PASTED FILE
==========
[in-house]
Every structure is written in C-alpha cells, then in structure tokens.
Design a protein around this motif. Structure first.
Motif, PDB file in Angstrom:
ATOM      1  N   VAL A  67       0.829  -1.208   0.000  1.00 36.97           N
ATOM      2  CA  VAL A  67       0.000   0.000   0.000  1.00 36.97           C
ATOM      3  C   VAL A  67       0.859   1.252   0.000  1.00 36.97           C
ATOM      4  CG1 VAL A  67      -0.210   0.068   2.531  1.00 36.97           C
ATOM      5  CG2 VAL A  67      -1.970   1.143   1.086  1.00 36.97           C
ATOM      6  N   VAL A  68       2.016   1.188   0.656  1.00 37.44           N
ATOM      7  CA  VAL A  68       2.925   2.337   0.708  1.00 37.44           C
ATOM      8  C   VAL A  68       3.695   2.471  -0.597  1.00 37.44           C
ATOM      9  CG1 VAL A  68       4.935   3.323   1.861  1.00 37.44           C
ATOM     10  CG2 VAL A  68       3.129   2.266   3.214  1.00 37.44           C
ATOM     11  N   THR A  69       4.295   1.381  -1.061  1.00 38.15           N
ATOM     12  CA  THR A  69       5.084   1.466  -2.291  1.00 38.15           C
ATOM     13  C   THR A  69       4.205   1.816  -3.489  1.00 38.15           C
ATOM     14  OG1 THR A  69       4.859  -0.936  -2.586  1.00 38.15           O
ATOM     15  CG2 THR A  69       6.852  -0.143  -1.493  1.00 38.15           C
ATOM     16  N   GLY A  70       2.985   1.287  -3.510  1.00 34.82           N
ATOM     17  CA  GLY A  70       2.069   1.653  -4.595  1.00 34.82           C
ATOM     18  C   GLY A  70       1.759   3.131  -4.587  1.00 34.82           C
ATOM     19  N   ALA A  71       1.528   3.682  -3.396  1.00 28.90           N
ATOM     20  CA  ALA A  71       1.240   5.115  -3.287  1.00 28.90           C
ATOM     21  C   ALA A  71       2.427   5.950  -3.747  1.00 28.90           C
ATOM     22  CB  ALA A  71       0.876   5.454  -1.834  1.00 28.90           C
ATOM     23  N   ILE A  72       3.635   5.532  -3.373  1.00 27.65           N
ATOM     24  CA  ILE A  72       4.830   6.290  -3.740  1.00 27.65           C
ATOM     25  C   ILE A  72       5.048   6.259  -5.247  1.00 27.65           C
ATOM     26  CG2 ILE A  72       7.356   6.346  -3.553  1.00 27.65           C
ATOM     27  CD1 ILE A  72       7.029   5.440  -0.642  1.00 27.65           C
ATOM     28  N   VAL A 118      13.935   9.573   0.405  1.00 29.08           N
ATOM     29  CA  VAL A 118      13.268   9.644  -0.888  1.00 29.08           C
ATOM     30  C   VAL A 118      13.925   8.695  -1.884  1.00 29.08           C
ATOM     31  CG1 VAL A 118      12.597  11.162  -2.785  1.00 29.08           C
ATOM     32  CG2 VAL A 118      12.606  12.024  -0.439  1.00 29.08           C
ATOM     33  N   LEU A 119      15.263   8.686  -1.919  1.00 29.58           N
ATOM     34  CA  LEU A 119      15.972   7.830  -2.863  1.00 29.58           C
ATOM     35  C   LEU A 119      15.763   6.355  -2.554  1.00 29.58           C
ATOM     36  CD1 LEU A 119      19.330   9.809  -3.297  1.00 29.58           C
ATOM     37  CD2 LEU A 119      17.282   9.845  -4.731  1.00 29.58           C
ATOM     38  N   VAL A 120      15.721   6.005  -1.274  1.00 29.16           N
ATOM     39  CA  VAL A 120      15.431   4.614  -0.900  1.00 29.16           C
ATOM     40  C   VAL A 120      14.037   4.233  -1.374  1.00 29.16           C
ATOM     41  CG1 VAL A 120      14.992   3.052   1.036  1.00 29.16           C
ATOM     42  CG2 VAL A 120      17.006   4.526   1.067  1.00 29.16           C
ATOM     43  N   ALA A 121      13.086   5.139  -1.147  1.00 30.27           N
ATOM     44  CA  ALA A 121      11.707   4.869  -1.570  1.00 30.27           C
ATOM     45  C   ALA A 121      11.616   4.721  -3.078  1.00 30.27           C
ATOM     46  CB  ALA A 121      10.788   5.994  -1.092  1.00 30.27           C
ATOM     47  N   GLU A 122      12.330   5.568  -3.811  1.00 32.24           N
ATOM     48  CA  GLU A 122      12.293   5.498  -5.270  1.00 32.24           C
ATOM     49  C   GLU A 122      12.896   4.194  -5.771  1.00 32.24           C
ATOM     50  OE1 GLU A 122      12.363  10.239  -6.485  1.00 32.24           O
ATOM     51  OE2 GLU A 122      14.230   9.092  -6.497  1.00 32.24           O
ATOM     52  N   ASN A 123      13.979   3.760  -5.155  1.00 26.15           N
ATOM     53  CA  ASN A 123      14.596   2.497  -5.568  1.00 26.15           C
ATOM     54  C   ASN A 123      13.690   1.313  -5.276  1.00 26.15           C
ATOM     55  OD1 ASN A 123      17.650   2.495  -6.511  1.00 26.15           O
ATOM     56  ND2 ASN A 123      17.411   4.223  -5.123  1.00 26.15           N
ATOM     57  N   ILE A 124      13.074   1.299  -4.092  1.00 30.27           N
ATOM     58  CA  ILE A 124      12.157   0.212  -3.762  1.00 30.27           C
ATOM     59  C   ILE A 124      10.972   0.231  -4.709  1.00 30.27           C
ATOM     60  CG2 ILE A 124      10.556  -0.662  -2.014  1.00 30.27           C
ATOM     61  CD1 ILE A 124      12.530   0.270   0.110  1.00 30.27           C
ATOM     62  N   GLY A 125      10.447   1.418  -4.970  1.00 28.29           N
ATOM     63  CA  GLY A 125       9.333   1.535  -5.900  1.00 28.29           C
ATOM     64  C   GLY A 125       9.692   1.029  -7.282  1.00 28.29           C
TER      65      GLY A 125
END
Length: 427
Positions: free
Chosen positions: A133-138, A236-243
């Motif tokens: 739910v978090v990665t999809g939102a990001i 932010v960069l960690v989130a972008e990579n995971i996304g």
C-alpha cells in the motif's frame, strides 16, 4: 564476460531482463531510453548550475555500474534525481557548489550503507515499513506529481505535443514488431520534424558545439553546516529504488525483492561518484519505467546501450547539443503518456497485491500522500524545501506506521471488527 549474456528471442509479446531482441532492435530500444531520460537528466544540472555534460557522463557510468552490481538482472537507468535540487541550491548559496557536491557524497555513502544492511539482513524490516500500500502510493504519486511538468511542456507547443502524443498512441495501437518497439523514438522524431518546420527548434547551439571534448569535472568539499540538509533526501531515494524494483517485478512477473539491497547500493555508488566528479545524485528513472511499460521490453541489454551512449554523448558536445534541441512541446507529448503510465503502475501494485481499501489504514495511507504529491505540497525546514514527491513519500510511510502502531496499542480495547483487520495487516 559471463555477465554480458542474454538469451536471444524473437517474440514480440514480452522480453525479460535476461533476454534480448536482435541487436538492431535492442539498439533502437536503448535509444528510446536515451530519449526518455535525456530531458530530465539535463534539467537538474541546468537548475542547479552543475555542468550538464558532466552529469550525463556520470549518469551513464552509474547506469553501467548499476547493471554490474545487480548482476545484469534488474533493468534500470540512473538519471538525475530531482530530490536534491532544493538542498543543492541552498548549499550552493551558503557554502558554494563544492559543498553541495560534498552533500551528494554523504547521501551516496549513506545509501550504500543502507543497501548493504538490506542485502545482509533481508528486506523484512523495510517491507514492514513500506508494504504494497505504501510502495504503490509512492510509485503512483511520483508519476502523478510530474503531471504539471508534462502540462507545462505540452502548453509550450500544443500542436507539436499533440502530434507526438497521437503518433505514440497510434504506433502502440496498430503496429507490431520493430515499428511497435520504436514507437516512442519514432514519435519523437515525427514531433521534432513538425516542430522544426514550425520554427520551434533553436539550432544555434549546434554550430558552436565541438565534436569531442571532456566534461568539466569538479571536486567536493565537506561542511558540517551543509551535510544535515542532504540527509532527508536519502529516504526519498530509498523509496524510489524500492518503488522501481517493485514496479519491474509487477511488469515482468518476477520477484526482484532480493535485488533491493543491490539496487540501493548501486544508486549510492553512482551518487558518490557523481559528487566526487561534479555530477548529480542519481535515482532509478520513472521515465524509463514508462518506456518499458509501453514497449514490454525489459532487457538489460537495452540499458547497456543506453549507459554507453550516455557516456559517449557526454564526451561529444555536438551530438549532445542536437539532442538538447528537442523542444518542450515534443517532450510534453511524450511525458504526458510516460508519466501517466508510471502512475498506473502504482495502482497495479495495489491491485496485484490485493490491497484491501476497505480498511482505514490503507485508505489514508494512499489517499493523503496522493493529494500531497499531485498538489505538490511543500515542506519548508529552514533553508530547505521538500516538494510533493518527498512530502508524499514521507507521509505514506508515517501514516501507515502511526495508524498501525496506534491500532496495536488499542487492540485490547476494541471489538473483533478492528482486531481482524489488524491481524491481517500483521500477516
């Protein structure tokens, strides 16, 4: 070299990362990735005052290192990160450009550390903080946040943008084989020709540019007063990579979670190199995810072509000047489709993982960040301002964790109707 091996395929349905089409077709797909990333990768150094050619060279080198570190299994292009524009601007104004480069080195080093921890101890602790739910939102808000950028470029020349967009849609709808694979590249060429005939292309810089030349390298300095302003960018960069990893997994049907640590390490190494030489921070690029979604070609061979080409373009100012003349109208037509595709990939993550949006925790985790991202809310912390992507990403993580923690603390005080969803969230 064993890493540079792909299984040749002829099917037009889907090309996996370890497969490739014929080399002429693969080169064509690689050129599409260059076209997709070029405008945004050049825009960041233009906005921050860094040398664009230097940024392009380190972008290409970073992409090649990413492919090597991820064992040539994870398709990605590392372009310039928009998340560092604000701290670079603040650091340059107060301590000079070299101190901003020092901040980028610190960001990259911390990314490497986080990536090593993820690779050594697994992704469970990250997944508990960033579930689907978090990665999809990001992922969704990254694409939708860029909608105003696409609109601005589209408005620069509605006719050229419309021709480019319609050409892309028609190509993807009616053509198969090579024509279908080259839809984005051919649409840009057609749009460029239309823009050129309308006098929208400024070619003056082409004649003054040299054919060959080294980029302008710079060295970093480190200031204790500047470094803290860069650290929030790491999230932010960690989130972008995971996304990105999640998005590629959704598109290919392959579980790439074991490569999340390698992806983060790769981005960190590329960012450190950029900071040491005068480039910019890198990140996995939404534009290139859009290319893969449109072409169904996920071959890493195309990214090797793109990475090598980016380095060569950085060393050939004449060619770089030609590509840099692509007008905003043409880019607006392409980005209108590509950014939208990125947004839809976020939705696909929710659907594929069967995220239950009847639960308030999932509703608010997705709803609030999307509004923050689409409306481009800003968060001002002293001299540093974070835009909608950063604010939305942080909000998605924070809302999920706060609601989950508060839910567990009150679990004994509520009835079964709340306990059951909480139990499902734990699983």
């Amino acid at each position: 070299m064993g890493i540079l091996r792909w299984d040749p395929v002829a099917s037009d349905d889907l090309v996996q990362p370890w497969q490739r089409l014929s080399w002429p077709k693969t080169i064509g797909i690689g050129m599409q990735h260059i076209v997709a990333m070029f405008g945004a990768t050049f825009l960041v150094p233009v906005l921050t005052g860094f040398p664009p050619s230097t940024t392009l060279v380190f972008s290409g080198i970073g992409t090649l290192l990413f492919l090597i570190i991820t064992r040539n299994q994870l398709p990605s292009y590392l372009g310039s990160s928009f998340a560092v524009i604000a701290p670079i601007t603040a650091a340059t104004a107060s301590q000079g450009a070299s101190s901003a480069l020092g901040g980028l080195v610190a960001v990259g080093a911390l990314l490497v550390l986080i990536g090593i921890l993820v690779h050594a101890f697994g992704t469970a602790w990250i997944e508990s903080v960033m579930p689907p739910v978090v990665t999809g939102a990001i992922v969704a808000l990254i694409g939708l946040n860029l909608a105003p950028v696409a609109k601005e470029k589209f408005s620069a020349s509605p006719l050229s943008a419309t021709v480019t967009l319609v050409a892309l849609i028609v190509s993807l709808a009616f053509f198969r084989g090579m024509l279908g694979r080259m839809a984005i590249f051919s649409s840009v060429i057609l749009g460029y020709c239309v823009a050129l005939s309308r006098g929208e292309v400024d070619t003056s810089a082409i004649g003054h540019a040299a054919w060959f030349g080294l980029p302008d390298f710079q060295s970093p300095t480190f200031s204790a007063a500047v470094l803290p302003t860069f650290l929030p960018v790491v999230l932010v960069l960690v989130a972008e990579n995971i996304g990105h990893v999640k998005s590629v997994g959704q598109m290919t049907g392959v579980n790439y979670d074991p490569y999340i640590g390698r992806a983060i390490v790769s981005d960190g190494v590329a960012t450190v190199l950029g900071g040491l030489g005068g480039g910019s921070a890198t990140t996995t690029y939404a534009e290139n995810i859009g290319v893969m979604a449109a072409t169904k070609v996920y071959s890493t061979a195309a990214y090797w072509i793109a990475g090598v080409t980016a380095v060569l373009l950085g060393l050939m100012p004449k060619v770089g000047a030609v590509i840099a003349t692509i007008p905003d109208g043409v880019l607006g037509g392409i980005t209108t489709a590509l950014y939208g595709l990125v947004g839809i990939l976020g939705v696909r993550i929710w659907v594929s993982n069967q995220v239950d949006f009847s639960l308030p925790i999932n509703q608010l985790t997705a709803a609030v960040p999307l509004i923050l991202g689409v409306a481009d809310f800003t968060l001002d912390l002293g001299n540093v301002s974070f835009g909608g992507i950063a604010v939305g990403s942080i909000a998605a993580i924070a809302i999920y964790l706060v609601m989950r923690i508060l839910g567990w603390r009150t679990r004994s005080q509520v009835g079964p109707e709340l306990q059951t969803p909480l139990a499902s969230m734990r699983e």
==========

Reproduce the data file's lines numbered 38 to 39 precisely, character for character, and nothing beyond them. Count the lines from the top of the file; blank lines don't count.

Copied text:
ATOM     34  CA  LEU A 119      15.972   7.830  -2.863  1.00 29.58           C
ATOM     35  C   LEU A 119      15.763   6.355  -2.554  1.00 29.58           C